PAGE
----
General Motors is partnering with a Canadian battery recycling company to produce new batteries from reclaimed battery materials as it aims to ramp up EV production in North America amid supply shortages and rising costs.
The automaker has invested through its GM Ventures division in a Series A funding round for Lithion Recycling, a developer of advanced battery recycling technology. Together, the two companies will work to create a circular EV battery recycling ecosystema critical bottleneck as the industry races to phase out gas engines at the end of the decade.
Until recently, global EV deployment has focused on building enough charging stations to support the wave of battery electric vehicles expected on the roads by 2030. But the COVID-19 pandemic and the war in Ukraine have halted global supply chains. supplies, making the raw materials used for batteries scarcer and more expensive.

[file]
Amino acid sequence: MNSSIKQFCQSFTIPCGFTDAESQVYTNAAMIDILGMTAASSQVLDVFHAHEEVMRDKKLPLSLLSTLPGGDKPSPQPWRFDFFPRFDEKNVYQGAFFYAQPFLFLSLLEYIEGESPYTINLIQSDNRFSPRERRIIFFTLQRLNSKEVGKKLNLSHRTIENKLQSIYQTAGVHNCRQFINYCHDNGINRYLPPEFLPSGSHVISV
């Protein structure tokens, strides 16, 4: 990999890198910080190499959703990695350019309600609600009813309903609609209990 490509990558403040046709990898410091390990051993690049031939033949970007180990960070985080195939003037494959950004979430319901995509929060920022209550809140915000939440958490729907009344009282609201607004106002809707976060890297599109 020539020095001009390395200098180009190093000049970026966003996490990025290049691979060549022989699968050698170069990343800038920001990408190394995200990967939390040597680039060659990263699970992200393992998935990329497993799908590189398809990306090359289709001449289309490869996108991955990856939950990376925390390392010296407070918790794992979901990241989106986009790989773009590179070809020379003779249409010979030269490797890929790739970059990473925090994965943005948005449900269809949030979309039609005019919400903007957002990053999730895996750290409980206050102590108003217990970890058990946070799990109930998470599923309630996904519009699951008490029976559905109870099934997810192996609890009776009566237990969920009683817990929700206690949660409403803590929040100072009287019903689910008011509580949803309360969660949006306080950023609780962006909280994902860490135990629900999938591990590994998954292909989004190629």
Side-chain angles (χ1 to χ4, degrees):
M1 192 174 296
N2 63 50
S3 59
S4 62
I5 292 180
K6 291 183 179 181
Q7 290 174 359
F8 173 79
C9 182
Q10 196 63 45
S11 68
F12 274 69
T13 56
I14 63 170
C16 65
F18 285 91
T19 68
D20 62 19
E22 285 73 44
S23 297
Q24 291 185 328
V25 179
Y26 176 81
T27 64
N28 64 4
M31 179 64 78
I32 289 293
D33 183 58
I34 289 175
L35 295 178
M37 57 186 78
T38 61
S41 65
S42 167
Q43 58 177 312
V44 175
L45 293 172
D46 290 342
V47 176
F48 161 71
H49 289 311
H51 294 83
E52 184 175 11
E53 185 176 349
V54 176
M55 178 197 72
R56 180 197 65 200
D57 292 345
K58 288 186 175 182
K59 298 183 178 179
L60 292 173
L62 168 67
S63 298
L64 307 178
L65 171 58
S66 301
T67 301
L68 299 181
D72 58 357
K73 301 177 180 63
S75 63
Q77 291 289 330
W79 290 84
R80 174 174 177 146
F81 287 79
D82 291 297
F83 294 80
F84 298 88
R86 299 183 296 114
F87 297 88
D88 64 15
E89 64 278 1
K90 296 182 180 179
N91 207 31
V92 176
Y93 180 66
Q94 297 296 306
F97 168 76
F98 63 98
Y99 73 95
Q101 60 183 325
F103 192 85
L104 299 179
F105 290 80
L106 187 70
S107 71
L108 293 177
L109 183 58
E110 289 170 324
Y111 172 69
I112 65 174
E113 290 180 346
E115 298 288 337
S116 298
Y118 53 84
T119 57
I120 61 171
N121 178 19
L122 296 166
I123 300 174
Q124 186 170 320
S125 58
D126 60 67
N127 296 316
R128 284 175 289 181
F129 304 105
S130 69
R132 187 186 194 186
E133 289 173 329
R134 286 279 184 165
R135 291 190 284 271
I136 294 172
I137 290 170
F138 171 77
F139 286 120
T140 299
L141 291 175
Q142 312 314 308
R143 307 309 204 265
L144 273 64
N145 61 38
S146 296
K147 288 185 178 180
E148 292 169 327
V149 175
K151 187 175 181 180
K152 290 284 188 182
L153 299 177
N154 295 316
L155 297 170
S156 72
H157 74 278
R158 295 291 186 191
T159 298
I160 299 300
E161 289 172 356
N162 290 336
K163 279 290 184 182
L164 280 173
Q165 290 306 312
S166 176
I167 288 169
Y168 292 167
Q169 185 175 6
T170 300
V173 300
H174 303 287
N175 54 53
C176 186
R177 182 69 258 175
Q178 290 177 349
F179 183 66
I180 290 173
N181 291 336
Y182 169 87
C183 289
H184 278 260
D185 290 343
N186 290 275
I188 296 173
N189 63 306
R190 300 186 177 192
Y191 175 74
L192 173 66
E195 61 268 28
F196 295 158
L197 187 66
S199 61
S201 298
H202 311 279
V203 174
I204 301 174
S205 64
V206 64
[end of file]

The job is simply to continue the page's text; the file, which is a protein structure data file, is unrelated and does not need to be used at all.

GM and other automakers are pushing for greater supply control through on-board operations and bringing more of the battery life cycle in the house. About 15 million tons of lithium-ion batteries are expected to end up in use by 2030, the deadline most automakers have set for phasing out gas-powered vehicles, according to AquaMetals.
Redwood materials has partnerships with Ford and Volvo, and a deal with Toyota to collect, refurbish and recycle batteries and battery materials to be sent to the automaker’s upcoming battery plant in North Carolina. The Nevada-based metal recycling company expects the battery recycling market to reach $18.7 billion by the end of the decade.
The partnership with Lithion will help GM build “a supply chain and recycling strategy that can grow with us,” Jeff Morrison, GM’s vice president of global purchasing and supply chain, said in a statement.
“In Lithion’s technology, we see the opportunity to recover and reuse the raw material in our Ultium battery packs, making the EVs we produce even more sustainable and helping to reduce costs,” Morrison said.
Lithion plans to start its first commercial operations in 2023 with a capacity of 7,500 metric tons per year of lithium-ion batteries. Commissioning of Lithion’s first hydrometallurgical plant is planned for 2025.